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The Best Fanzine category was not one of the original Hugo categories in 1953, but was introduced at the second awards in 1955, when it was won by James V. Taurasi, Sr. and Ray Van Houten for Fantasy-Times. Since then, some version of the award has been a constant, with the exception of 1958, when the award was dropped. Although achievement in fanzines was recognized throughout the history of the Hugo Awards, the name of the away was in flux. Originally called the Hugo for Best Fanzine, in 1956 and 1957, the award was presented for Best Fan Magazine. The name then switched back and forth at random intervals between Best Amateur Magazine (in 1959, 63-64, 66, 72-75, 77-78) and Best Fanzine (the other years in that sequence) until it permanently became the award for Best Fanzine in 1979.

Locus was nominated for its first Hugo Award in 1970, losing to Richard E. Geis’s Science Fiction Review. It was then nominated every year until 1983 with the exception of 1979, winning the Hugo for Best Fanzine in 1971, 1972, 1976, 1978, and from 1980 to 1983 inclusive, at which time it was no longer eligible for the category with the creation of the Hugo Award for Best Semi-Prozine. During the 1970s and early 80s, Locus, which began in 1968 to promote the Boston bid for a Worldcon in 1971, which became Noreascon I, was becoming less and less of a fanzine, accepting advertisements and paying for content.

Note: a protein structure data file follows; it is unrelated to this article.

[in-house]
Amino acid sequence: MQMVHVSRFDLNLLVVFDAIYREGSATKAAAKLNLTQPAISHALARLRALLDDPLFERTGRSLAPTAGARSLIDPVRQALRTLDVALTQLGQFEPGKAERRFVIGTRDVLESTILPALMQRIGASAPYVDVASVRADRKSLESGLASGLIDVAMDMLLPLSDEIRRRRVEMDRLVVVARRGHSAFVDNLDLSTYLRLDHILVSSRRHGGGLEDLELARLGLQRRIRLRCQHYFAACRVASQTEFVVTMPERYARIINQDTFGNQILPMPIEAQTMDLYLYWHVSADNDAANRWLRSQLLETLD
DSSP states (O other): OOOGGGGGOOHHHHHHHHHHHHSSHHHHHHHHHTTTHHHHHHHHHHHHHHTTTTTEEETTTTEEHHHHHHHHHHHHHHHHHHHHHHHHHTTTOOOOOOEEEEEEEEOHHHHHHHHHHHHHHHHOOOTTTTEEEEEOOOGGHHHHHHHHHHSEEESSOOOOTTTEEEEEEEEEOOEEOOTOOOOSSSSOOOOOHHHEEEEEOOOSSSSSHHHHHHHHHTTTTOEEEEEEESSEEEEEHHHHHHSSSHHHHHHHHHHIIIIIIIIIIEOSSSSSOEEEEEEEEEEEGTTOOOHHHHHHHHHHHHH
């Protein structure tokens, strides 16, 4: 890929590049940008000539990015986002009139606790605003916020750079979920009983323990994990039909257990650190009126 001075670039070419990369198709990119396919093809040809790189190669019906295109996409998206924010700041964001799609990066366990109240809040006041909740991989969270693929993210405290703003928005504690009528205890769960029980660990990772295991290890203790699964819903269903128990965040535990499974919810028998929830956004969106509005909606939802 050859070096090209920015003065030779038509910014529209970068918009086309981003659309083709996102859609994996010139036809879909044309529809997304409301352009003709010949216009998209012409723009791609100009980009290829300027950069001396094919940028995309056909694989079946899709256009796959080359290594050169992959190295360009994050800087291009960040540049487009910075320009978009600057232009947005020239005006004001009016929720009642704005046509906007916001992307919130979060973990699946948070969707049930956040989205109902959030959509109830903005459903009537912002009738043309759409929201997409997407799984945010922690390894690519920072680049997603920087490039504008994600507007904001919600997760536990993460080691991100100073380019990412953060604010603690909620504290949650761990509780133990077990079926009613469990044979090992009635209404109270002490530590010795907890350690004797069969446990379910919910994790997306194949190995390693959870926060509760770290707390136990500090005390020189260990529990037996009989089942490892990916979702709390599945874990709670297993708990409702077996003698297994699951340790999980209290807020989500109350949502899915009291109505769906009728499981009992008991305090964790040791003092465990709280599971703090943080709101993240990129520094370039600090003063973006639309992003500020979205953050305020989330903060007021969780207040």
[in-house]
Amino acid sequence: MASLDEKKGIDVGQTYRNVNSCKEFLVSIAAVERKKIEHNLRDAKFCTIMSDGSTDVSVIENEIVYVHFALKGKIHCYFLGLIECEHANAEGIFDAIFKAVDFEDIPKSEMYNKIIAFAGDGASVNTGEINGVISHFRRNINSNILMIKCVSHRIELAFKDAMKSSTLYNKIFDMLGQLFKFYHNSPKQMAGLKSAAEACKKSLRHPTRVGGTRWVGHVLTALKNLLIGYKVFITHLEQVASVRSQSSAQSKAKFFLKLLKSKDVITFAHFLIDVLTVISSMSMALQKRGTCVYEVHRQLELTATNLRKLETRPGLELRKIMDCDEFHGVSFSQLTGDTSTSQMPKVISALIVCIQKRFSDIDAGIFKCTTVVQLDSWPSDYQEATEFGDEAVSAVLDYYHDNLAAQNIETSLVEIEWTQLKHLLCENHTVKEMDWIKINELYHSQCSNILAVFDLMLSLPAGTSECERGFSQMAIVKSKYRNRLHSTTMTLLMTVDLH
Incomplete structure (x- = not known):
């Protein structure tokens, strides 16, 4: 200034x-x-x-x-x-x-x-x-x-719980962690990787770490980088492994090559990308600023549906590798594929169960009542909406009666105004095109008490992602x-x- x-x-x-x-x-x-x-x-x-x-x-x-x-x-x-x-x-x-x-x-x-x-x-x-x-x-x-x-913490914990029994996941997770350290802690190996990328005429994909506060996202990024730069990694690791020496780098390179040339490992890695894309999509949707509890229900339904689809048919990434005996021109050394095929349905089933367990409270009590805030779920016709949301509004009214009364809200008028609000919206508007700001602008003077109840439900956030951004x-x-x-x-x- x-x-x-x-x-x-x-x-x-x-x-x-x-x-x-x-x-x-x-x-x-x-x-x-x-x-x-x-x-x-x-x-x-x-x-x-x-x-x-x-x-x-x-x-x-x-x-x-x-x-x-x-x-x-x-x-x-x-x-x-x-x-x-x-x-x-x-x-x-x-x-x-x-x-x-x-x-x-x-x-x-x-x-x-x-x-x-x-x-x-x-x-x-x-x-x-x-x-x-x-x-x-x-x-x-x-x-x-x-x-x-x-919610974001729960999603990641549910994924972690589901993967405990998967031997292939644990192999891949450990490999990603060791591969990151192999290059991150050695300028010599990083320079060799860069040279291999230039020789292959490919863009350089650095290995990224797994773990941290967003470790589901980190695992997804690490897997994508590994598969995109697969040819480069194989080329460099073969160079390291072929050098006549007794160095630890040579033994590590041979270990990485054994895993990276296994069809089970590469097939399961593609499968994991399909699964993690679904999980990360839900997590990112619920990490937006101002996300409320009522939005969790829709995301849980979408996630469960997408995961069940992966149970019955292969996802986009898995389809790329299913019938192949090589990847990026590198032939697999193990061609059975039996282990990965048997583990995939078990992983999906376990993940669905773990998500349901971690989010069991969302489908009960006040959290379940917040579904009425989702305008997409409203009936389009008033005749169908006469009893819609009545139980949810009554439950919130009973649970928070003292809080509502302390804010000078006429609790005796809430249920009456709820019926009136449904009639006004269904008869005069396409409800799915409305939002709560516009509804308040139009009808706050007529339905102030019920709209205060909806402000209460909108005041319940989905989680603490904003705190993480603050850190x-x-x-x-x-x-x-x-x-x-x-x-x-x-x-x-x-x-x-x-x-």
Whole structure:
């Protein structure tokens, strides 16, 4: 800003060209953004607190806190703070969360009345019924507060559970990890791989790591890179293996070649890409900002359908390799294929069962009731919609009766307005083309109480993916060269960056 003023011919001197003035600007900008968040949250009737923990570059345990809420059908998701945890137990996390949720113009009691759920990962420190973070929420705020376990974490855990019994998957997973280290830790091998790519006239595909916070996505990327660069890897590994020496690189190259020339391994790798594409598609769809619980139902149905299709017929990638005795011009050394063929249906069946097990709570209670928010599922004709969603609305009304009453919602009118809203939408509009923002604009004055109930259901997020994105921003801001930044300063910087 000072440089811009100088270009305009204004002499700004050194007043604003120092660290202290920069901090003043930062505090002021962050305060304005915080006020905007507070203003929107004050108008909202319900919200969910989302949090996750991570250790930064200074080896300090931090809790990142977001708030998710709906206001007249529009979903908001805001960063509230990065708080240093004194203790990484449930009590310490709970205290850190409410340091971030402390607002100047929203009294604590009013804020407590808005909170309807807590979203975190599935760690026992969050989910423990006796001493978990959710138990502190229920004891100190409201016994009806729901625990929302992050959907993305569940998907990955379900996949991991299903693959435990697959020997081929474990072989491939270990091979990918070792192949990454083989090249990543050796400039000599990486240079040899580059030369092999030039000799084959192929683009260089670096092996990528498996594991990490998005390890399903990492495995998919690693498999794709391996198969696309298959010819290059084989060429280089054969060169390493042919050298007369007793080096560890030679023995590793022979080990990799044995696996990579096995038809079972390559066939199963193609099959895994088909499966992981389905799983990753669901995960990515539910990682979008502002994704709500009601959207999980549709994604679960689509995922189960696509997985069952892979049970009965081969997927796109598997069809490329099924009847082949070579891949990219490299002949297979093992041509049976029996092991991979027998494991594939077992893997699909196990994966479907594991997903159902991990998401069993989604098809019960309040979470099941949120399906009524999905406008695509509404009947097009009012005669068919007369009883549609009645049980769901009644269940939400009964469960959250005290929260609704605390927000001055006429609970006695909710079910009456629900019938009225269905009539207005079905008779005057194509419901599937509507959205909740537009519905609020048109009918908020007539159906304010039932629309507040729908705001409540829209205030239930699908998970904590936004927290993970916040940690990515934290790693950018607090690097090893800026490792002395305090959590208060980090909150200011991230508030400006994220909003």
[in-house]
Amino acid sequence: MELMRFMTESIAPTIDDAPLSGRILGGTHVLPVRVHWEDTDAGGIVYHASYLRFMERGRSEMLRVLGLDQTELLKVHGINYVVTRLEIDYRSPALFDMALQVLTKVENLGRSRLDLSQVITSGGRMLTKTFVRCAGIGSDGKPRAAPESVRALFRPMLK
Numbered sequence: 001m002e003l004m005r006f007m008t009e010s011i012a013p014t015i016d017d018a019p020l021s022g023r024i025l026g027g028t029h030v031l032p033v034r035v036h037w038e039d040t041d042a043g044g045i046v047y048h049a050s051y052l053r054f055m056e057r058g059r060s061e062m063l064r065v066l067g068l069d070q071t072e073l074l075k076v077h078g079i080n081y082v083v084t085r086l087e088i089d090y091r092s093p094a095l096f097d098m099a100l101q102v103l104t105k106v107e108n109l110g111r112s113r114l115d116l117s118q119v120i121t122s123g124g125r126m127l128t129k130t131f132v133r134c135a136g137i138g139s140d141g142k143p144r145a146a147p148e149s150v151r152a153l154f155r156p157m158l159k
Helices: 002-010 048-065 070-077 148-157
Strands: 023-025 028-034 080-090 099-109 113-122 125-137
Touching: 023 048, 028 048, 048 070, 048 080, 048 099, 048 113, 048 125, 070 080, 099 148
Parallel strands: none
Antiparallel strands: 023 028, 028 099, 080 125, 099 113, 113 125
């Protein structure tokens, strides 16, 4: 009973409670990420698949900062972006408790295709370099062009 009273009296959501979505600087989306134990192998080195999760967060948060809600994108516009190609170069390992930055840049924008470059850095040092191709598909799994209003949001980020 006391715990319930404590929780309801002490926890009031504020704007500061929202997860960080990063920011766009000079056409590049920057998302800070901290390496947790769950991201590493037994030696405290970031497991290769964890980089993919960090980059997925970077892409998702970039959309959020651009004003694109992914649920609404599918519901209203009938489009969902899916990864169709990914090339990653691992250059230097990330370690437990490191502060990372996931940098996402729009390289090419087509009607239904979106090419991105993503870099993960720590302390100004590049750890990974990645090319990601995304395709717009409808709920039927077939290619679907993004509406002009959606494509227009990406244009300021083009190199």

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The Golden Age of Science Fiction: Leanne Frahm

Wednesday, February 27th, 2019 | Posted by Steven H Silver

Cover by Gavin O'Keefe

Cover by Gavin O’Keefe

The Ditmar Awards are named for Australian fan Martin James Ditmar Jenssen. Founded in 1969 as an award to be given by the Australian National Convention, during a discussion about the name for the award, Jenssen offered to pay for the award if it were named the Ditmar. His name was accepted and he wound up paying for the award for more years than he had planned. Ditmar would eventually win the Ditmar Award for best fan artist twice, once in 2002 and again in 2010.

The first Ditmar for Best Fan Writer was awarded in 1979, when it was won by Marc Ortlieb. The award has been presented each year since then with a record four-year winning streak set by Bruce Gillespie (1989-92). Gillespie tied with Ian Gunn in the second year of that winning streak and has won the award a record nine times between 1989 and 2005. Leanne Frahm won the award for the first time in 1980 and would win the award a second time in 1998.

Leanne Frahm was born in Brisbane, Australia on February 28, 1946.